5. Food
    We've all got to eat, and most of us do it every day. It stands to reason that our collective food choices have a huge impact on the planet, and with the global food industry shipping products further and further around the world, and with farming becoming ever more intensive, this impact is only getting bigger. Fortunately, there is a resistance underway. More and more people are getting interested in sustainable food systems. To bring it back to basics, there are four principles that can help guide you to greener meals: eat local, eat seasonal, eat organic, and finally, eat less meat. For a comprehensive guide to a more sustainable diet, check out How to Green Your Meals and the Food and Health category.


  6. Waste
    Not so many years ago, waste was THE environmental issue. If you recycled, you were green. If you didn't, you weren't. With so many topics on the environmental agenda these days, things aren't so simple. But waste is still a big deal. Every item thrown away has taken energy and resources to manufacture and transport, and it will take even more energy and resources to process and dispose of, whether through landfill or recycling. So the old adage still rings true: reduce, reuse, recycle. And don't forget to compost! Of course we have a guide on How to Green Your Recycling, and you can find it here. Online resources like Freecycle or Ebay can also help you find a happy home your unwanted goods.


  7. Threads
    Most folks understand that food, energy, water, and transport are major environmental factors, but what about clothing? Even consumers who always eat organic may happily be wearing garments that were liberally sprayed with noxious chemicals. Cotton is, in fact, one of the most heavily sprayed crops on the planet, so it stands to reason that our choice of clothing can have a major ecological impact. Fortunately, solutions are out there. Organic cotton, and other alternative fabrics like hemp, flax or bamboo are becoming increasingly common, as are high-end fashion items from recycled materials. And then, of course, there are the trusty vintage and thrift stores so beloved by students everywhere--style never goes out of fashion. More digging through the racks can be found in our Fashion and Beauty and How to Green Your Wardrobe.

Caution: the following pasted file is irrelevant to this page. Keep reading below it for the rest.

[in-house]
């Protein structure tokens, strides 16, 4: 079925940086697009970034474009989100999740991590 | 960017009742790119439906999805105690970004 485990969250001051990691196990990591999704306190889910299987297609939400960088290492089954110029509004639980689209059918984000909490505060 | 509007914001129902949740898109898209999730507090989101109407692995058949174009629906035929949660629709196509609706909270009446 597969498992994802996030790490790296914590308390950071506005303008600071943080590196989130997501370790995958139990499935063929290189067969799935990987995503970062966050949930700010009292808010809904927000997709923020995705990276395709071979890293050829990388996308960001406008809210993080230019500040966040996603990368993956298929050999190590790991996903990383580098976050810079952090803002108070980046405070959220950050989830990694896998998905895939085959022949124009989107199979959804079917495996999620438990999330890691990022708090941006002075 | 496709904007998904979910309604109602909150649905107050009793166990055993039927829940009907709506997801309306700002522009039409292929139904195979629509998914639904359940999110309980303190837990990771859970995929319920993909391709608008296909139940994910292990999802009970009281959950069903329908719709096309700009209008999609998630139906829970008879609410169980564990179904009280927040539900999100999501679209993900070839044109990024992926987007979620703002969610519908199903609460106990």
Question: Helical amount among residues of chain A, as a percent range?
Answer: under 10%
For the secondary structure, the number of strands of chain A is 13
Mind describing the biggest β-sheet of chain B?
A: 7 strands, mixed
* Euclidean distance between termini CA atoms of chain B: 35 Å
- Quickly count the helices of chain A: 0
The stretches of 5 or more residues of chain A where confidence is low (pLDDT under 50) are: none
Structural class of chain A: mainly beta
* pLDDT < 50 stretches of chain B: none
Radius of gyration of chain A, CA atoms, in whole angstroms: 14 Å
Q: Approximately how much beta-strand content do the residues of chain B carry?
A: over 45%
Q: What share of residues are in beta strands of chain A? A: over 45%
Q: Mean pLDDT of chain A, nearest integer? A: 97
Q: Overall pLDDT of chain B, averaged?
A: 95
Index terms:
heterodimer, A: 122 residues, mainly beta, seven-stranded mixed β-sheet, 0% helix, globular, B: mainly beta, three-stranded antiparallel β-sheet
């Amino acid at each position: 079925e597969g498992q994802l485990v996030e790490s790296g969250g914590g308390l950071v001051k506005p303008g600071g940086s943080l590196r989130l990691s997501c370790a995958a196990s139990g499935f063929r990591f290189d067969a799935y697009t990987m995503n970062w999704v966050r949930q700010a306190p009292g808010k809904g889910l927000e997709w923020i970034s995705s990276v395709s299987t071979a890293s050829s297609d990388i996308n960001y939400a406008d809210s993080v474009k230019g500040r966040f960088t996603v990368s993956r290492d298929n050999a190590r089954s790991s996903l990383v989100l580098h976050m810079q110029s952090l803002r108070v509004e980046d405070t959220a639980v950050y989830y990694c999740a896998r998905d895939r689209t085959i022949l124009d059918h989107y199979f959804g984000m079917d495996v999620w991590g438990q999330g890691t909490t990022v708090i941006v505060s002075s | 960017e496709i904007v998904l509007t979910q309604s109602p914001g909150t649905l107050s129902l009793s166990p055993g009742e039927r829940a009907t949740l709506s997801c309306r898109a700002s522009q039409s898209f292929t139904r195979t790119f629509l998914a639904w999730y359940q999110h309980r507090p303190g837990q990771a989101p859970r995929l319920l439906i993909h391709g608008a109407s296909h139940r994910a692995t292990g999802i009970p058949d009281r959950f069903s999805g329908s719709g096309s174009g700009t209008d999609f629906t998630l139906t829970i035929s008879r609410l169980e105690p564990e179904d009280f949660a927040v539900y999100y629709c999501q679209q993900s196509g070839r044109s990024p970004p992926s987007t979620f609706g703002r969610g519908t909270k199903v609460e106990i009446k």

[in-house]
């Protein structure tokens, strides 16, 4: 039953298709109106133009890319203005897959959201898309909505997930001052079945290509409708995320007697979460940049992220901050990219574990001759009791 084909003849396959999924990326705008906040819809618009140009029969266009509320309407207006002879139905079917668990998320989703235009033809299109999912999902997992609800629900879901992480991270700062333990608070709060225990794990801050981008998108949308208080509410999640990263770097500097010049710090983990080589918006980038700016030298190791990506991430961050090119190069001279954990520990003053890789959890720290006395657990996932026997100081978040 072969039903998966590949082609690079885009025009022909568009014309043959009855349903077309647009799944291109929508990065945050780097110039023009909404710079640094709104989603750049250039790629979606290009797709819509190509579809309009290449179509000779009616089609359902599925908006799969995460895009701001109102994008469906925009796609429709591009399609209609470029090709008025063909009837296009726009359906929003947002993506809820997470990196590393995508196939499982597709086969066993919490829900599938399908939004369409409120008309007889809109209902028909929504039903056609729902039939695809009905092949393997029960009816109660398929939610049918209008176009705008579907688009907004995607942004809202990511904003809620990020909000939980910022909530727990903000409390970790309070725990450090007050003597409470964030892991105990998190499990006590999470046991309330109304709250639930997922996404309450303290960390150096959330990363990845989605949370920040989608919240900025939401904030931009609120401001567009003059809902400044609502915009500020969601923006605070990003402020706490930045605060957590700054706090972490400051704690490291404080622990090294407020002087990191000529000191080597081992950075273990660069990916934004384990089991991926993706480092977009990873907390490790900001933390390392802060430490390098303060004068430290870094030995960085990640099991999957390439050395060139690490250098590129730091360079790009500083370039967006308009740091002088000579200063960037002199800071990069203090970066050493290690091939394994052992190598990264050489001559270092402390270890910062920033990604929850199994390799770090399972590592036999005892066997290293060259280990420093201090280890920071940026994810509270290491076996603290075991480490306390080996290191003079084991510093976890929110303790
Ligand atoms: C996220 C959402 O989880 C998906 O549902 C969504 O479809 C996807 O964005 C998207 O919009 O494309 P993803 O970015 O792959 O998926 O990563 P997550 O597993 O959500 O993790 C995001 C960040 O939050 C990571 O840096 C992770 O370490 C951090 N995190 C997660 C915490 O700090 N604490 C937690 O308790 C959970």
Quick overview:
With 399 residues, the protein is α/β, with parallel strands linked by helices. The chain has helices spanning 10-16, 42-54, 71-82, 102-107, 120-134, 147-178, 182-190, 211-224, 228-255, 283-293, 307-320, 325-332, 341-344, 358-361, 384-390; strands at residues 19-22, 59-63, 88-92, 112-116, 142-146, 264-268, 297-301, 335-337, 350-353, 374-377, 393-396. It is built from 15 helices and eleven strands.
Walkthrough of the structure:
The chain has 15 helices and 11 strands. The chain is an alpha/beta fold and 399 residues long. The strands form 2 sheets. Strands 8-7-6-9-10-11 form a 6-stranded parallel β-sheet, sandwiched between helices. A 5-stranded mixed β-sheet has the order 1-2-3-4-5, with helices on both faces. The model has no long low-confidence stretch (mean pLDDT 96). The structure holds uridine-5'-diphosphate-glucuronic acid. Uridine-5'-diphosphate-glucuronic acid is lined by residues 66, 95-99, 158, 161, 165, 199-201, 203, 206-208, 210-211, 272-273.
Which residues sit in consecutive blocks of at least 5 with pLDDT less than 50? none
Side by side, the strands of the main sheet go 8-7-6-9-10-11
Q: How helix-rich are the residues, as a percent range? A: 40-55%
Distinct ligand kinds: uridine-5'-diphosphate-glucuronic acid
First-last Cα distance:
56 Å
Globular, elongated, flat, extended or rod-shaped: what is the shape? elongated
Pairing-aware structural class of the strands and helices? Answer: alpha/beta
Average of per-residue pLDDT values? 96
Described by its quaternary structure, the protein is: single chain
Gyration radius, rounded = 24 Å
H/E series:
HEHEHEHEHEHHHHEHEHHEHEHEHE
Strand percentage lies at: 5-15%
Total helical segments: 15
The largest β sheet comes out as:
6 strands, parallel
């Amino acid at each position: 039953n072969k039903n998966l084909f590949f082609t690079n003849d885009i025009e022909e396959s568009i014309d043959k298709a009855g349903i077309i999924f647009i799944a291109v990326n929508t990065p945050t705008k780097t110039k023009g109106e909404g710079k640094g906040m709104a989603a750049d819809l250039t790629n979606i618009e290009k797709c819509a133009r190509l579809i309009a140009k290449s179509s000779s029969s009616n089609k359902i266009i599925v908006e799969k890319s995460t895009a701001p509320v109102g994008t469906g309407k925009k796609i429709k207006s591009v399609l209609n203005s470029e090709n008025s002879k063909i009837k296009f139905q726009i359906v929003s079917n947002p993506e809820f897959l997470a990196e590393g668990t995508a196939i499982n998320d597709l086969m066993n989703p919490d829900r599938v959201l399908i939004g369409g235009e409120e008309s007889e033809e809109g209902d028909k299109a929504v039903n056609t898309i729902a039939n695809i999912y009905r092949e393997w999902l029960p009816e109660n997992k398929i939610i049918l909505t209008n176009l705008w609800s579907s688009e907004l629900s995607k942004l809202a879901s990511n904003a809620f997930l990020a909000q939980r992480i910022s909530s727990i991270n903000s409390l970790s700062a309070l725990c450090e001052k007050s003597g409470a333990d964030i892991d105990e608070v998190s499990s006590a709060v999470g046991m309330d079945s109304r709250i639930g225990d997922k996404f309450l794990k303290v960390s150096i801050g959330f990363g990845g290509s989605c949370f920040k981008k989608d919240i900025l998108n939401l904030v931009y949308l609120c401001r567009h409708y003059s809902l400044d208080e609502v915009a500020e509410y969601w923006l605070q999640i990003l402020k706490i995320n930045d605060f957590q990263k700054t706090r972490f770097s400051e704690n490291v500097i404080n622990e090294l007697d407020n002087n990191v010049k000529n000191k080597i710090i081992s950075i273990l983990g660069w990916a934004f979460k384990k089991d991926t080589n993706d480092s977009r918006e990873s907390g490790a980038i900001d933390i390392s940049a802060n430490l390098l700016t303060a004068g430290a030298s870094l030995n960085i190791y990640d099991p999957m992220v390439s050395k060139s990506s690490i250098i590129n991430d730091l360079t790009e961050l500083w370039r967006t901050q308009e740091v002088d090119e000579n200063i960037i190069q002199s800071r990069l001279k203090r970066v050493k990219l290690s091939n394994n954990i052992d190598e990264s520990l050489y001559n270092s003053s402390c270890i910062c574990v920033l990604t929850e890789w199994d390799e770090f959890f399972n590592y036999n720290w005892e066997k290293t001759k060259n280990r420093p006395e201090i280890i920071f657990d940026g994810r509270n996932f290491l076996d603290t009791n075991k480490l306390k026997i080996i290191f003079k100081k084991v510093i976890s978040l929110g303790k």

8. Personal care
    Ever since The Body Shop first hit the high street in the Eighties, there's been an increased awareness about the impacts of personal care products on both the environment and on our health. Fortunately, there has also been a huge increase in the number of companies providing more sustainable alternatives. Check out our guide to women's personal care and the Fashion and Beauty section, and stay tuned for a guide for the fellas. But remember, less is almost always more when it comes to green living--that hemp-based, yak's milk lip blusher may be the greenest product of its kind on the market, but going 'au natural' takes you one step further!


  9. Furniture & décor
    Many of us spend staggering amounts of money on furniture during our lifetime. Now most TreeHugger's will be aware that buying tropical hardwoods from Amazonian clear-cuts is a poor way to look after our natural heritage, but what are the alternatives? Fortunately, the industry is responding to concerns about its sourcing practices, and stylish furniture from certified, sustainably harvested and/or recycled and salvaged materials is becoming increasingly common. More details can be found in our furniture guide and in the Design and Architecture category.